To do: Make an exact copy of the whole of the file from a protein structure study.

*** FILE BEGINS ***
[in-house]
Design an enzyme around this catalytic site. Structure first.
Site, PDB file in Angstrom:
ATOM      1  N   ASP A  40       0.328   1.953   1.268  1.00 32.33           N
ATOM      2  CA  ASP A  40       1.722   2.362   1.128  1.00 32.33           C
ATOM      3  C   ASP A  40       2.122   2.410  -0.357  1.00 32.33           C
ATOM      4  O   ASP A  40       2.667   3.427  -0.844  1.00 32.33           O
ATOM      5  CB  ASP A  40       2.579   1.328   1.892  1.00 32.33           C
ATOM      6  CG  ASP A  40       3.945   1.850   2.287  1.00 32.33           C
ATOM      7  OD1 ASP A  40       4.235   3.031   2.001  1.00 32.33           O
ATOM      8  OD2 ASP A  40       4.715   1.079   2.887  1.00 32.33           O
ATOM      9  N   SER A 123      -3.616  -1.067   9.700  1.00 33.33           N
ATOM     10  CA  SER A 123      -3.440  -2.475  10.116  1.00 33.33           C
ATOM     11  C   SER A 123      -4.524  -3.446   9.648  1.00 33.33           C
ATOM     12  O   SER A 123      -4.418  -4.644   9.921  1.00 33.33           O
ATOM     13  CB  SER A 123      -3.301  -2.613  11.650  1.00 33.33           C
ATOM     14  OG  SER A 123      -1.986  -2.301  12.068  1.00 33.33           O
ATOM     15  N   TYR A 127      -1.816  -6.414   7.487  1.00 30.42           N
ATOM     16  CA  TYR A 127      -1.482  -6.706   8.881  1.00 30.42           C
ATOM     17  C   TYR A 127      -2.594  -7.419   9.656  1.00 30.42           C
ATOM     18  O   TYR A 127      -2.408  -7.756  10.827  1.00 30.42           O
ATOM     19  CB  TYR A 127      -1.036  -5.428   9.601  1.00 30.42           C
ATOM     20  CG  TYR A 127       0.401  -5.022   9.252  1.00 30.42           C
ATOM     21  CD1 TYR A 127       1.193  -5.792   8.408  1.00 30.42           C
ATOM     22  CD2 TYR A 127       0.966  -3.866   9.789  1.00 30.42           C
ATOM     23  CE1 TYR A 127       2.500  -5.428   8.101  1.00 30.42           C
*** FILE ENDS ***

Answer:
[in-house]
Design an enzyme around this catalytic site. Structure first.
Site, PDB file in Angstrom:
ATOM      1  N   ASP A  40       0.328   1.953   1.268  1.00 32.33           N
ATOM      2  CA  ASP A  40       1.722   2.362   1.128  1.00 32.33           C
ATOM      3  C   ASP A  40       2.122   2.410  -0.357  1.00 32.33           C
ATOM      4  O   ASP A  40       2.667   3.427  -0.844  1.00 32.33           O
ATOM      5  CB  ASP A  40       2.579   1.328   1.892  1.00 32.33           C
ATOM      6  CG  ASP A  40       3.945   1.850   2.287  1.00 32.33           C
ATOM      7  OD1 ASP A  40       4.235   3.031   2.001  1.00 32.33           O
ATOM      8  OD2 ASP A  40       4.715   1.079   2.887  1.00 32.33           O
ATOM      9  N   SER A 123      -3.616  -1.067   9.700  1.00 33.33           N
ATOM     10  CA  SER A 123      -3.440  -2.475  10.116  1.00 33.33           C
ATOM     11  C   SER A 123      -4.524  -3.446   9.648  1.00 33.33           C
ATOM     12  O   SER A 123      -4.418  -4.644   9.921  1.00 33.33           O
ATOM     13  CB  SER A 123      -3.301  -2.613  11.650  1.00 33.33           C
ATOM     14  OG  SER A 123      -1.986  -2.301  12.068  1.00 33.33           O
ATOM     15  N   TYR A 127      -1.816  -6.414   7.487  1.00 30.42           N
ATOM     16  CA  TYR A 127      -1.482  -6.706   8.881  1.00 30.42           C
ATOM     17  C   TYR A 127      -2.594  -7.419   9.656  1.00 30.42           C
ATOM     18  O   TYR A 127      -2.408  -7.756  10.827  1.00 30.42           O
ATOM     19  CB  TYR A 127      -1.036  -5.428   9.601  1.00 30.42           C
ATOM     20  CG  TYR A 127       0.401  -5.022   9.252  1.00 30.42           C
ATOM     21  CD1 TYR A 127       1.193  -5.792   8.408  1.00 30.42           C
ATOM     22  CD2 TYR A 127       0.966  -3.866   9.789  1.00 30.42           C
ATOM     23  CE1 TYR A 127       2.500  -5.428   8.101  1.00 30.42           C